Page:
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One student launches Concordia’s Indigenous Bridging Program

The Kaié:ri Nikawerà:ke Indigenous Bridging Program started its pilot year in September, with only one student.

This semester, without much fanfare, Concordia University opened the new Kaié:ri Nikawerà:ke Indigenous Bridging Program. The program is a first in the university, and this semester, it only has one student. 

The program is meant for Indigenous students who do not have all the prerequisites to apply for a bachelor’s program. For now, the Bridging Program is only offered to students trying to get into engineering programs. 

The program was first announced last January. According to program coordinator Saba Din, this did not allow enough time to recruit students—especially because the program targets students with an atypical academic journey.

“It’s a short window of time for students who never thought university was an option for them, to rearrange their life and try to make university an option for them,” said Din. 

She also mentioned that the position of Indigenous recruitment officer at Concordia has been vacant for the last few months, which made it harder for her team to connect with Indigenous communities and publicize the  program.

While they did receive applications, Din said that “some applicants were not eligible for this program due to various reasons.” Eventually, the program opened its pilot year with only one student.

The creation of the Kaié:ri Nikawerà:ke Indigenous Bridging Program was an initiative under the Indigenous Directions Action Plan when it was reopened in 2021. Manon Tremblay, senior director of Indigenous Directions, explained the importance of making post-secondary education more accessible for Indigenous students.

“Because our education falls under a federal jurisdiction, what ends up happening is that decisions are made on a budgetary line,” Tremblay said. “In small communities, when there aren’t that many kids—if, for example, one year, there’s only one or two kids for grade 10 or grade 11 math—there may be some executive decision made where that class is not going to be offered that year.”

Tremblay was not surprised when she learned there was only one student in the pilot year of the Bridging Program. According to her, the lack of popularity comes from starting with a bridge to engineering programs, which are not a popular choice among Indigenous students. Instead, they tend to lean towards programs like business, psychology, and art therapy.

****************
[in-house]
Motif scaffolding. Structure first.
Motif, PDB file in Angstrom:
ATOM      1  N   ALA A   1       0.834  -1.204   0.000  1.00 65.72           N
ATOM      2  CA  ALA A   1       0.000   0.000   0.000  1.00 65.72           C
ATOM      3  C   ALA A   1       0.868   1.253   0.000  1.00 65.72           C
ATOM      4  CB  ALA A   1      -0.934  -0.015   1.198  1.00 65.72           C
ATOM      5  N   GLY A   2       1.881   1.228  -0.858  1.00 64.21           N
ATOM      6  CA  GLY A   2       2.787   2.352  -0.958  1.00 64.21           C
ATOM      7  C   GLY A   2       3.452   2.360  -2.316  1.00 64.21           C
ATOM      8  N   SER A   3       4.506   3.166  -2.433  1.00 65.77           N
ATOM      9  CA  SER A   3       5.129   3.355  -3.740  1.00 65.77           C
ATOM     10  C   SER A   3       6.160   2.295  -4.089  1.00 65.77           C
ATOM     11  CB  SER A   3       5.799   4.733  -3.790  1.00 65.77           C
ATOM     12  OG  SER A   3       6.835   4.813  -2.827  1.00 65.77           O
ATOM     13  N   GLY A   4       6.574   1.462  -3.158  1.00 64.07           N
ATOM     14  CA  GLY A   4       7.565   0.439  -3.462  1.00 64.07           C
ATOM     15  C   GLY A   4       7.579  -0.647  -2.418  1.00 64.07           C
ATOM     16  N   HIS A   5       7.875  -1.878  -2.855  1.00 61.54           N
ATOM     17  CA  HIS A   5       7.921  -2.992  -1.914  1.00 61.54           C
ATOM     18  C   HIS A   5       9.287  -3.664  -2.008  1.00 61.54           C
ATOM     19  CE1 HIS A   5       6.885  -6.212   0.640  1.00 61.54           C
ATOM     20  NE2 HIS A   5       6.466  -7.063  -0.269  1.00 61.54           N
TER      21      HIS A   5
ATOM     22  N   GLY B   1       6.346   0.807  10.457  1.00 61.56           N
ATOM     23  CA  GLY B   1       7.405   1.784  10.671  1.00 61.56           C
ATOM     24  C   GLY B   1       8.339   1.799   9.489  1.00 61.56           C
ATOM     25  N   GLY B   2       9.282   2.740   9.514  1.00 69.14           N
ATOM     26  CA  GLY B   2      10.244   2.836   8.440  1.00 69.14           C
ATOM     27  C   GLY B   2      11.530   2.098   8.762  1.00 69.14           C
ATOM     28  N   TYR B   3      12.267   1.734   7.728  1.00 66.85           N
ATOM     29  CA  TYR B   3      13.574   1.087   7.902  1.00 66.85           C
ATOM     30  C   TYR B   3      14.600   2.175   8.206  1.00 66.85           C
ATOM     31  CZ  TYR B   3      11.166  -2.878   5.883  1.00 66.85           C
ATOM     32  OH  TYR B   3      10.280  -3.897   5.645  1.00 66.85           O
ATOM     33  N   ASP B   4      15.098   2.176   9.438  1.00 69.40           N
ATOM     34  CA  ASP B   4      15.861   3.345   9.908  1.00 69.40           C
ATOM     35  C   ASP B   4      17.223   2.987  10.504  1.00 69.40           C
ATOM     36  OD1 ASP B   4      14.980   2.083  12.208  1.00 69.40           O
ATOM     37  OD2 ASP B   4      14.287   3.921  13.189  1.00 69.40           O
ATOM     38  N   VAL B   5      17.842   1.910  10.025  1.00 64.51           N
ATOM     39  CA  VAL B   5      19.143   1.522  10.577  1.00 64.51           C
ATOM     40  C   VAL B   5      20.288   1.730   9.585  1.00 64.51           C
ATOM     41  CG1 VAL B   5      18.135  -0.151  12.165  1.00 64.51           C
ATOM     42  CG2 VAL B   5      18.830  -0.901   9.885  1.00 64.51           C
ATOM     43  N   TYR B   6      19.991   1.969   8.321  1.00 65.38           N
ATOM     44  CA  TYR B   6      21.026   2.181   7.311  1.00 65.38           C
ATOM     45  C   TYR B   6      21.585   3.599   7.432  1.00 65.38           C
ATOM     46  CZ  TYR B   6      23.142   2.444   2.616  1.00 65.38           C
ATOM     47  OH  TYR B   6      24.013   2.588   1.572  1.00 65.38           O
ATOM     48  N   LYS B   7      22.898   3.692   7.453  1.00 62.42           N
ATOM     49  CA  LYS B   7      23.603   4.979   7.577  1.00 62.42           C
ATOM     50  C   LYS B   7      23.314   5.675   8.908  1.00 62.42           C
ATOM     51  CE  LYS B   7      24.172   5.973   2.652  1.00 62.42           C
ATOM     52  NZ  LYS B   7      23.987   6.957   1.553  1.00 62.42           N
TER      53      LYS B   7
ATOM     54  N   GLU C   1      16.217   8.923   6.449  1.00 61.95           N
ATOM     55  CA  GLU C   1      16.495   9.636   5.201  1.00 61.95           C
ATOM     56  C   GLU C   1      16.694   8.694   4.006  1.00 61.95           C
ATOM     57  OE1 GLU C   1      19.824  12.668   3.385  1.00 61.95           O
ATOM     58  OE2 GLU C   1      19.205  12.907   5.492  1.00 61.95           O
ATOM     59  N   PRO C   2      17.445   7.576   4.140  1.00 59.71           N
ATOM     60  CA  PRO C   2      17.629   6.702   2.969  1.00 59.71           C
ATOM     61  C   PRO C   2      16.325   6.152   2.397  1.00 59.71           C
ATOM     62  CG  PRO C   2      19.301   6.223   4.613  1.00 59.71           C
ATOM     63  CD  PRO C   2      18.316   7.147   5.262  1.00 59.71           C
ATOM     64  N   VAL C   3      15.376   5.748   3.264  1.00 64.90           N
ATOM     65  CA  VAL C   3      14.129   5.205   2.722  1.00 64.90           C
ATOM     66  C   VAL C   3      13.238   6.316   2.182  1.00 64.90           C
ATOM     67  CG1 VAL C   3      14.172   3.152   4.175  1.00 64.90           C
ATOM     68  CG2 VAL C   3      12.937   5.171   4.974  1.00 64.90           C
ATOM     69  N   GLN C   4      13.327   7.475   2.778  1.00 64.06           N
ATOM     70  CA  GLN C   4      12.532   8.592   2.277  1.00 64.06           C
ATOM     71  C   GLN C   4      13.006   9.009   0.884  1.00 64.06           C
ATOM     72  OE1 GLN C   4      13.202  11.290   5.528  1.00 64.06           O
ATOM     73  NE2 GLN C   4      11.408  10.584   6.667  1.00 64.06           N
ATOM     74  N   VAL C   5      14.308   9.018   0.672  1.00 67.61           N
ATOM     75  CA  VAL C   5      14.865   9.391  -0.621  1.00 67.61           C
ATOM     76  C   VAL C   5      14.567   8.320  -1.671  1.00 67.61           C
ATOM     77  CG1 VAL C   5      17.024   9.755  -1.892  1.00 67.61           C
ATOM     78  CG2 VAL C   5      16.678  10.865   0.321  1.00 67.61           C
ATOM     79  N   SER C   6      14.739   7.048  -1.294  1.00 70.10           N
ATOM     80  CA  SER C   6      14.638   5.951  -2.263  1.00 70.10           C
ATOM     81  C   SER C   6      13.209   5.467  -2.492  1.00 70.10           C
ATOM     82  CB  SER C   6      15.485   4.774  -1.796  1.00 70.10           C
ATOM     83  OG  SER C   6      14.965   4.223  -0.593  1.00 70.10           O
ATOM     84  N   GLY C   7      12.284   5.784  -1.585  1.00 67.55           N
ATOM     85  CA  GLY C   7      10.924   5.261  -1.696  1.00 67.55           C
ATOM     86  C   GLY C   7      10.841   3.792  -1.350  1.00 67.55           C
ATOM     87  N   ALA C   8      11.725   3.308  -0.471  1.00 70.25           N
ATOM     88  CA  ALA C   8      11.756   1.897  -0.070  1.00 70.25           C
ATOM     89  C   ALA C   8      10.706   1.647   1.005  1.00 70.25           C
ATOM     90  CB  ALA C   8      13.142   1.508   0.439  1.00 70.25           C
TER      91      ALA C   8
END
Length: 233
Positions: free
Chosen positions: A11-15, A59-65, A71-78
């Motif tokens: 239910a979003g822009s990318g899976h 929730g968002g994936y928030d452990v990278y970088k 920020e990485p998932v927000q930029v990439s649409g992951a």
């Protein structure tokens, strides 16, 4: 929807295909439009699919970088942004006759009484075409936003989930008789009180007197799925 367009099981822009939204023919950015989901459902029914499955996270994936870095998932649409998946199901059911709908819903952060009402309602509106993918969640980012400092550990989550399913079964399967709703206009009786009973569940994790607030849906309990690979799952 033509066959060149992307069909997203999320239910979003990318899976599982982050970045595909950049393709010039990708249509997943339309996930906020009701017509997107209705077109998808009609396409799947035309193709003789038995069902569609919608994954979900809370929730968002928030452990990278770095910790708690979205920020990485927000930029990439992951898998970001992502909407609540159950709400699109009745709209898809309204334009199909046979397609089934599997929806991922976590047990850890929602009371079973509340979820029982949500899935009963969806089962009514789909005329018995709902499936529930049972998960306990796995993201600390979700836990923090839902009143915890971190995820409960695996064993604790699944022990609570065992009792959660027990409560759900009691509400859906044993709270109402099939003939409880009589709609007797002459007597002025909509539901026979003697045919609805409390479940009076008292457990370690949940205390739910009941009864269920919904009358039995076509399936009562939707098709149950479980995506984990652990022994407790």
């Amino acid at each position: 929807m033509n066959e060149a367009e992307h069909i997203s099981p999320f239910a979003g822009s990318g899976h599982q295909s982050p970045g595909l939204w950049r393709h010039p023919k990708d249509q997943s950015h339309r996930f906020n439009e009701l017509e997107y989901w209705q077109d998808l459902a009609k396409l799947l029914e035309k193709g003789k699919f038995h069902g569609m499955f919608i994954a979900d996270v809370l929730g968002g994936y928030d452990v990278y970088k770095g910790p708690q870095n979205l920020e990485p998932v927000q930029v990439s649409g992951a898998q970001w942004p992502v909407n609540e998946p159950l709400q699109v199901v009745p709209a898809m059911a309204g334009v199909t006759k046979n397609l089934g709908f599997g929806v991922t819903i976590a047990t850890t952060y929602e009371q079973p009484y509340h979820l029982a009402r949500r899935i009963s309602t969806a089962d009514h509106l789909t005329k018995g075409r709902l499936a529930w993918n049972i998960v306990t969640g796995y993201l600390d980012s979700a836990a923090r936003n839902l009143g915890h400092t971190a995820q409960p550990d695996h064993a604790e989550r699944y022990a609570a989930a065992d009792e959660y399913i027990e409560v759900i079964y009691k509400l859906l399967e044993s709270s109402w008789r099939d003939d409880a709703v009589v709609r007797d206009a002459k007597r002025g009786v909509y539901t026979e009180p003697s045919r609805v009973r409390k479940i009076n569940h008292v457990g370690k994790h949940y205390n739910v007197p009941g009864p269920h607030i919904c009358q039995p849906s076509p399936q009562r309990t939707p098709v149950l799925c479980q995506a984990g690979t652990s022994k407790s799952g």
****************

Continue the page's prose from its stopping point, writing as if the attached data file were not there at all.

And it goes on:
“What we notice amongst our student population throughout the years is that Indigenous students have a tendency to choose programs where they’re either going to go back into their communities to invest their new skills and their new knowledge in the social economic development of their communities,” Tremblay said, “or they choose programs where they gain a better understanding of their place in society and Canadian society as Indigenous people, or a combination of those two.”

Din is hopeful that this interest will be reflected in the expansion of the Bridging Program next year. She is currently working on creating bridging options leading to a Bachelor of Commerce, and a Bachelor of Arts or Science in psychology.

Her team is also considering a part-time option for students who may have to work their schedule around jobs or kids. “We have this program as a full-time option to really build that sense of community, and really have a cohort as a way to support the students in this transition,” Din said. “That doesn’t mean that we won’t offer a part-time option in the future.”

Din recently met with some of the Indigenous JMSB alumni for a focus group to discuss ways to support students in the Bridging Program. Some of the ideas that were brought up included academic and mental health check-ins, and peer mentoring with older Indigenous students.

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Decolonization at Concordia: What is it, and how it is going?

National Truth and Reconciliation Day is right around the corner — let’s talk

For the second time since its establishment in 2021, Canadians will celebrate National Truth and Reconciliation Day on Sept. 30. This statutory holiday honours the survivors of residential schools as well as those who never returned from them. What better way to commemorate and learn from the past than to take some time to educate ourselves on Indigenous issues?

Like many students in Quebec, Kenny Gourdet, a black political science undergrad at Concordia, says she was taught the same “European explorers came to populate society” story over and over again. A prime example of colonialism is how history classes often glorify the arrival of Europeans to the Americas, where they would supposedly save Indigenous peoples by “civilizing” them.